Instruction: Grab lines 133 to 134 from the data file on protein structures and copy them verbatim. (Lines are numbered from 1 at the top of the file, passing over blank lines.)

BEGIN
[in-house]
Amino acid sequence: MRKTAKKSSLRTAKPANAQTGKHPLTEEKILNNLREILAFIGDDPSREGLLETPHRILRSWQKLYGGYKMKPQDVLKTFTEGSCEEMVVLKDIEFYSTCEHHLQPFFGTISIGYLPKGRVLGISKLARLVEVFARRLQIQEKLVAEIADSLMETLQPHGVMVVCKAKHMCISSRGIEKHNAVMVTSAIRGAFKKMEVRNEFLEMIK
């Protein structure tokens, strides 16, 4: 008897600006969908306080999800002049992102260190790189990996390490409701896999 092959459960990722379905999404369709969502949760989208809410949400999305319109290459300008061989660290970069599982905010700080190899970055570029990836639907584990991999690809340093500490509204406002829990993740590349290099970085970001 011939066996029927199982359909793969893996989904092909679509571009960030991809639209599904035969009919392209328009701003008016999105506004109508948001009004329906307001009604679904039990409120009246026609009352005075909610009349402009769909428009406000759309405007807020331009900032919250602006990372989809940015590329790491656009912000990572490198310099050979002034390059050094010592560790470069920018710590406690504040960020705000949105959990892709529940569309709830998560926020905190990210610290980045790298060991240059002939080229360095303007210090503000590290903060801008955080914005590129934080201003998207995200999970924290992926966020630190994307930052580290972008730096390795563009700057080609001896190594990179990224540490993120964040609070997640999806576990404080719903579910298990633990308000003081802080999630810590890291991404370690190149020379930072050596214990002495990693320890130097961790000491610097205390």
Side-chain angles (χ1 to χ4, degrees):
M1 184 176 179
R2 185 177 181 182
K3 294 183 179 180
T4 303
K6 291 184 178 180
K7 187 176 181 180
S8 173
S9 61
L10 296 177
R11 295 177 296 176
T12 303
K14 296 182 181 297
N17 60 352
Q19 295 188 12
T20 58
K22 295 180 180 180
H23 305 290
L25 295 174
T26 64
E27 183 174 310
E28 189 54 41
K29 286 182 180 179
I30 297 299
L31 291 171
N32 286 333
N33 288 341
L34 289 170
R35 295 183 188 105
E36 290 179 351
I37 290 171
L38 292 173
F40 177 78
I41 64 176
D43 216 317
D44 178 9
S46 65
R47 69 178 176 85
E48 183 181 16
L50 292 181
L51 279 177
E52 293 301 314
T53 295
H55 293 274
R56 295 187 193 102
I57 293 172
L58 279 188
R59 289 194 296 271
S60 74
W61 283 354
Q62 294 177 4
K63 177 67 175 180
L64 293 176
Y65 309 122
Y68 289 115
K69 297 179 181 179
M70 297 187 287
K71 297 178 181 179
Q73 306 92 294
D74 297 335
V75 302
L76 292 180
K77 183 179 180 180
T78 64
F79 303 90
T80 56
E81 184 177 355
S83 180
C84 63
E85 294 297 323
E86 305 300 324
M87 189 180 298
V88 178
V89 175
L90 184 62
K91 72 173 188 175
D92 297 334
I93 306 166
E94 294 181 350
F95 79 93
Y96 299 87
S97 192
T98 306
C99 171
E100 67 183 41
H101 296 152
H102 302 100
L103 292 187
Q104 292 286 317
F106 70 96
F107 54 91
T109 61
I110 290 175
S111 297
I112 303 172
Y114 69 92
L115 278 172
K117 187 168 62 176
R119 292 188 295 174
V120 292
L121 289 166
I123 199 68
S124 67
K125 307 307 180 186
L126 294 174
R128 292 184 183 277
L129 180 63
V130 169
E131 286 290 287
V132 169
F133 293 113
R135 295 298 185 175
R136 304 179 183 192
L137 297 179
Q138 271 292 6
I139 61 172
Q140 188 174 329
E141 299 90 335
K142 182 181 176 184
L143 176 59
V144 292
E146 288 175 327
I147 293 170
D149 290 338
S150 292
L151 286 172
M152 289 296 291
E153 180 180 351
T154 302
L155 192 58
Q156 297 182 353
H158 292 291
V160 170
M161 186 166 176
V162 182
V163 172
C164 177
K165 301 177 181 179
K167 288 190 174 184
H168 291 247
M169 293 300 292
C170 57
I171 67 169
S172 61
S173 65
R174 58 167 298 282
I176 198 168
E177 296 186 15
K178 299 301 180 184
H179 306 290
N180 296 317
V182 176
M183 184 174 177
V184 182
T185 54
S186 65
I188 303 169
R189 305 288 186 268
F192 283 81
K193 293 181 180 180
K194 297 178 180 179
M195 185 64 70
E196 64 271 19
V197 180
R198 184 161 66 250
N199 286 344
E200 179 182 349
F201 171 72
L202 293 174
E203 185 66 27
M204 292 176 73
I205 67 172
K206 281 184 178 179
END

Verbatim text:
L155 192 58
Q156 297 182 353